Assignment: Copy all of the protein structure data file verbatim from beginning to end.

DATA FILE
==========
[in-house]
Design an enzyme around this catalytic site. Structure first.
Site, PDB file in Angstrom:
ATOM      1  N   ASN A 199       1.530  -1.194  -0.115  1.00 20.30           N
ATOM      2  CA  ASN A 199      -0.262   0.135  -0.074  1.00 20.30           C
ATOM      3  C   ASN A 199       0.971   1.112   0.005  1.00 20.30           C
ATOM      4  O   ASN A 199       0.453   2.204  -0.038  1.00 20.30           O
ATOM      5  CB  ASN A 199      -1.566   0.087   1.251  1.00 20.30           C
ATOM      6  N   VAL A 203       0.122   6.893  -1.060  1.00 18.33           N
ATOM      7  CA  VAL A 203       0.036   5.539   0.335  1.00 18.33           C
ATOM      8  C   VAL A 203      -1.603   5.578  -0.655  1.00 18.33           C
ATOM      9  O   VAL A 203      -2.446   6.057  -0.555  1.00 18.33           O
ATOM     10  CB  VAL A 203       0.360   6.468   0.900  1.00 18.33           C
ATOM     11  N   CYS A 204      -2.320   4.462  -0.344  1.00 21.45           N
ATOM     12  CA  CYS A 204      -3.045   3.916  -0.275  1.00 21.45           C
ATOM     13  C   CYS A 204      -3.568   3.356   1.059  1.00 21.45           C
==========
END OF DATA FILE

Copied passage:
[in-house]
Design an enzyme around this catalytic site. Structure first.
Site, PDB file in Angstrom:
ATOM      1  N   ASN A 199       1.530  -1.194  -0.115  1.00 20.30           N
ATOM      2  CA  ASN A 199      -0.262   0.135  -0.074  1.00 20.30           C
ATOM      3  C   ASN A 199       0.971   1.112   0.005  1.00 20.30           C
ATOM      4  O   ASN A 199       0.453   2.204  -0.038  1.00 20.30           O
ATOM      5  CB  ASN A 199      -1.566   0.087   1.251  1.00 20.30           C
ATOM      6  N   VAL A 203       0.122   6.893  -1.060  1.00 18.33           N
ATOM      7  CA  VAL A 203       0.036   5.539   0.335  1.00 18.33           C
ATOM      8  C   VAL A 203      -1.603   5.578  -0.655  1.00 18.33           C
ATOM      9  O   VAL A 203      -2.446   6.057  -0.555  1.00 18.33           O
ATOM     10  CB  VAL A 203       0.360   6.468   0.900  1.00 18.33           C
ATOM     11  N   CYS A 204      -2.320   4.462  -0.344  1.00 21.45           N
ATOM     12  CA  CYS A 204      -3.045   3.916  -0.275  1.00 21.45           C
ATOM     13  C   CYS A 204      -3.568   3.356   1.059  1.00 21.45           C